This is the fourth election cycle where I have written columns, and it is time for my vice-presidential picks.
The key is not to focus on the candidates, but what the top of the ticket needs. Once you have that determined, you have a good idea of who should be the VP pick.
In 2008, I stated that Obama would pick someone with a long legislative record and foreign policy experience, while I predicted McCain would pick a woman for gender balance, not experience. I was thinking of Lisa Murkowski, but the Alaska GOP posted their article on their site to promote Sarah Palin. Paul Ryan was my second pick behind Rob Portman for Mitt Romney in 2012 (not bad) based upon what the GOP nominee needed. I suggested that Trump get a confidant with executive experience (well, he got one of the two factors), while Clinton needed a candidate from a swing state (though I had a different Senator in mind) in 2016.
Joe Biden doesn’t need someone with a long legislative resume, or foreign policy experience. He has Executive Branch experience as well. So what does the Democratic nominee need?
Biden needs someone who could step in, and have at least (1) executive branch experience. Serving in the legislature (2) wouldn’t hurt, as he would have to work with Democrats and Republicans on Capitol Hill. Gender balance would help (and Biden has indicated he would pick a woman) and racial balance (3) would be even better. Having enough of a progressive streak (4) would contrast with Biden’s moderate record. Coming from a swing state (5) could help the team. Most importantly, the VP candidate can’t be a novice candidate. She has to have been vetted, not just by Team Biden, but by the media. Having a run for a statewide election (5) would be great, but a presidential election candidate (6) would be even better.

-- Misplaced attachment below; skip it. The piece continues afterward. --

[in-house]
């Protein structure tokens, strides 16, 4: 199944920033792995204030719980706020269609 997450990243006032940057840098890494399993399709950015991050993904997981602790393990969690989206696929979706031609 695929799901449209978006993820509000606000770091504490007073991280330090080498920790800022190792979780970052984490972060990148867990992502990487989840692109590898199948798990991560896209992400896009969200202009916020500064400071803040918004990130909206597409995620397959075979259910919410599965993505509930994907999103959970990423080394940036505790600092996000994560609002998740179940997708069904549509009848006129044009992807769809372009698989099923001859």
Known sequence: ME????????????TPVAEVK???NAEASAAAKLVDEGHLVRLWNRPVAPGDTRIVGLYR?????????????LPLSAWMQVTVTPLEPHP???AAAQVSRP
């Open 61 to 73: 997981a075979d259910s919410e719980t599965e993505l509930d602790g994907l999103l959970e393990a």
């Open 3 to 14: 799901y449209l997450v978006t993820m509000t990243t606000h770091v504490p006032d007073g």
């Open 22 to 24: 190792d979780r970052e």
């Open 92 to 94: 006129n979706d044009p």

Based on these factors, it’s clear that Kamala Harris is the ideal pick. She’s a got six out of seven on all factors, lacking only the swing state location (she’s served as California’s Attorney General, giving her executive branch experience), far ahead of other candidates. And for those who say she’s not a progressive, well, her ACU scores are more liberal than Elizabeth Warren. All of these put her ahead of Gretchen Whitmer, Val Demings, Tammy Duckworth, Stacey Abrams, Susan Rice, Elizabeth Warren, Michelle Lujan Grisham, Catherine Cortez Masto, Amy Klobuchar, and Karen Bass.
As for Trump, he’s got to decide between keeping Mike Pence, or going with Nikki Haley. Haley’s experience as South Carolina Governor and the U.S. Ambassador to the U.N. This puts her ahead of many would-be contenders, even Pence, who adds little to the ticket. I was just joking on April 1, 2019 in a column when I said Haley would replace Pence, who is in charge of the struggling Coronavirus Task Force, an anemic response which has helped contribute to Trump’s poor standing in the polls.
But the last Republican ad I saw looked like Pence was running, with Trump acting as a supporting character, signing a trade deal while Vice-President narrated, so maybe that’s not going to happen. When I went to interview Haley at Kelly Loeffler’s campaign rally, almost every question was about her taking on the VP spot, or running in 2024 (my question was about COVID-19), so the media will keep hyping this up to the convention, and beyond.
Maybe the nominees won’t take these candidates. But if so, they should, as the represent was each nominee needs, not what they might want.